“We cannot predict the course of the typhoon, we can only forecast it. That’s why all sectors in the region have been told to be prepared for the typhoon, especially in low lying areas of the region,” Chief Superintendent Francisco Villaroman, Cagayan Valley police director, said.
Under close monitoring are Tuguegarao City, Enrile, Solana, Iguig, Amulung, Alcala, Gattaran, Lasam, Lallo, Camalaniugan, Aparri, Gonzaga, Santa Ana and Santa Teresita.
In Isabela, floods are threatening the towns of Ilagan, Cabagan, Tumauini, Jones, San Agustin, Divilacan, Palanan, Maconacon, Dinapugui, Echague, Alicia, Ramon, Gamu, Angadanan, Santo Tomas and the cities of Cauayan and Santiago, as well as the town of Maddela in Quirino.
In, Nueva Vizcaya, the towns of Solano, Bagabag, Bambang and Bayombong, all situated near the Magat River, are also being closely monitored.
“The provincial government has already coordinated with the various national government agencies for all precautionary measures to ensure that our people will all be in safe conditions during the typhoon. We hope and pray that the wrath of the typhoon passes through us without any casualties,” Isabela provincial administrator Noel Lopez said.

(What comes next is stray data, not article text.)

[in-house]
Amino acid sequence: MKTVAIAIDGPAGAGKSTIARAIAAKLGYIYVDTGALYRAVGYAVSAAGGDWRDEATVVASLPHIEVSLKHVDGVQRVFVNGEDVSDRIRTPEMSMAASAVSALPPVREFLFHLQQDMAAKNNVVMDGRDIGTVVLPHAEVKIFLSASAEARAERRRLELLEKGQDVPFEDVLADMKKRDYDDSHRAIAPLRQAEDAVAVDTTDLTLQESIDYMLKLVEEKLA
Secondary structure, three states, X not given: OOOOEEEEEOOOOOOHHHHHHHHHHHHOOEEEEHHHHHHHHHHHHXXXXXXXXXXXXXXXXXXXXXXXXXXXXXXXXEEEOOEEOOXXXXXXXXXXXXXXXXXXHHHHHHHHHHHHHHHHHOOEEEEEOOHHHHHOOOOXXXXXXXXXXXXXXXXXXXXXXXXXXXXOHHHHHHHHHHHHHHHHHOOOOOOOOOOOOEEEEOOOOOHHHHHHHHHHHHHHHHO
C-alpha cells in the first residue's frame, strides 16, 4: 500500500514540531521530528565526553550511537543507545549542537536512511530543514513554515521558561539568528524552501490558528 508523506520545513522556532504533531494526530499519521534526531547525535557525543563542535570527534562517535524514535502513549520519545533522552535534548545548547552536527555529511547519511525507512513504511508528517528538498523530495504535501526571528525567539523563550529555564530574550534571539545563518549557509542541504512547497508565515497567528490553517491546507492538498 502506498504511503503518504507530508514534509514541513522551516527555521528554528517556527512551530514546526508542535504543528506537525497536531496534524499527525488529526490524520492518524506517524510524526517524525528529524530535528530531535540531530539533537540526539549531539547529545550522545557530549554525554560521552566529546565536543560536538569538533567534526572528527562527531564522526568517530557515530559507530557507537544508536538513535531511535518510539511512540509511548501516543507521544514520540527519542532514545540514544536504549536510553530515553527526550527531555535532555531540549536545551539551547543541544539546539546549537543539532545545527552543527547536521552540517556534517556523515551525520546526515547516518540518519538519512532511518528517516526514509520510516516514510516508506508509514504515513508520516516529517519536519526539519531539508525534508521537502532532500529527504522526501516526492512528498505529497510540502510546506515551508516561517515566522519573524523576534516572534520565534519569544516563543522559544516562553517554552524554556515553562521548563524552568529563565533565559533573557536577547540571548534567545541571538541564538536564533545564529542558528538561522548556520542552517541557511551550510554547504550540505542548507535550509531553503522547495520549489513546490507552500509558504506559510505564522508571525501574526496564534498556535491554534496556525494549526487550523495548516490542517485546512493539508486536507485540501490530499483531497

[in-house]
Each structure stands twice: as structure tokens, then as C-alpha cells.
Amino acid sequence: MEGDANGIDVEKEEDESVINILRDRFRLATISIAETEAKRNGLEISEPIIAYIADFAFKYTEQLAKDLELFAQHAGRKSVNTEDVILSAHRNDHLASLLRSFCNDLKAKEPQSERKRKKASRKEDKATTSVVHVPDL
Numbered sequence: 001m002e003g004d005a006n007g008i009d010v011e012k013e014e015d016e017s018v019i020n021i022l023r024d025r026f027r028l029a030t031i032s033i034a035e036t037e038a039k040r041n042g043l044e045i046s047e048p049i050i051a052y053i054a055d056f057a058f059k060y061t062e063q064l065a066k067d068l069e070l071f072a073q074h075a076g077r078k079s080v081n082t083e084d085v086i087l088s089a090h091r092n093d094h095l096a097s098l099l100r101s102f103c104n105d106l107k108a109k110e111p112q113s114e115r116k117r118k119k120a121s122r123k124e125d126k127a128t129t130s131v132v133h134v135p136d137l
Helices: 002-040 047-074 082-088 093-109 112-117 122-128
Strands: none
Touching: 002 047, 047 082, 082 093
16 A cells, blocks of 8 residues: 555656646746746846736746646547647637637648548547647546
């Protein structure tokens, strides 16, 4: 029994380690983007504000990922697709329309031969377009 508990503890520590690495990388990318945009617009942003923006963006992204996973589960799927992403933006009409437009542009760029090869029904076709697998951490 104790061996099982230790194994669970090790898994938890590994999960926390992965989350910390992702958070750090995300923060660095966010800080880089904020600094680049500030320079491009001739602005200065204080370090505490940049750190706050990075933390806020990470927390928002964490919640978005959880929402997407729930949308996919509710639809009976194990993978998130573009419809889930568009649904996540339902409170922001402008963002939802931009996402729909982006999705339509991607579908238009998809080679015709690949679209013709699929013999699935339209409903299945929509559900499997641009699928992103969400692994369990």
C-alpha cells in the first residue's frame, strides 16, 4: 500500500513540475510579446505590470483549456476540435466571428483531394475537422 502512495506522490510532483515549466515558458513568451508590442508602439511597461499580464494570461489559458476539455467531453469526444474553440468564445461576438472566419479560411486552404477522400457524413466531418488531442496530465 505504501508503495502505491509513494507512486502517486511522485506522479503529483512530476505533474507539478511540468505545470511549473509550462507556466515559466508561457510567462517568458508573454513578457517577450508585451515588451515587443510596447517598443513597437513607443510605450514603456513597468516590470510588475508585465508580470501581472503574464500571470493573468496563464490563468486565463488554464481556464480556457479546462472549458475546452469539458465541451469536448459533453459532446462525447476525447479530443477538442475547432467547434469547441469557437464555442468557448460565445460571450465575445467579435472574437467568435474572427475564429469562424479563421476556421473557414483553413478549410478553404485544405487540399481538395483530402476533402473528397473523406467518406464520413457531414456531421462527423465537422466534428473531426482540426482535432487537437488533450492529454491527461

In Cagayan, provincial administrator Joseph Pauig also revealed preparations for possible flash floods and landslides, including forced evacuation of residents.
“By tomorrow (today), we will be (dispatching) search and rescue teams (as well as) establishing command post around the province. Each team will include rescue crew, rubber boats (and) dump trucks as well as relief goods,” he said.
Stronger than Ondoy?
While Juan may turn out to be more powerful than Ondoy, it is expected to dump less rain – or just half of Ondoy’s – on affected areas.
Ondoy unleashed 370 millimeters to 400 millimeters of rain every six hours.
“It is during the last three months of the year that (the typhoons that come in) are strong, more so now that we have to consider the La Niña. But for this year, the projection is that there would be stronger typhoons that would enter the country,” Pagasa deputy administrator for operations and services Nathaniel Servando. He said 10 typhoons have visited the country this year.
Meanwhile, only Magat dam is expected to benefit from Juan’s rains because it is situated in Isabela. But of Luzon’s dams, Magat has the least problem with water reserves.
Pagasa deputy administrator for research and development officer-in-charge Susan Espinueva said that water levels at major dams, including Magat, are still below normal. The other dams are San Roque, Pantabangan, and Angat.
The present water level of Angat Dam is 180.09 millimeters, but it needs 11.65 mm more to reach its normal level.
Pantabangan dam’s present level is 194.27 mm, or 14.33 mm below the normal level.
Magat dam’s water level is 183.41 mm while San Roque dam is at 250.73 mm or 24.38 mm below normal.
Pagasa said it would announce today if there would be a need to release water from the dam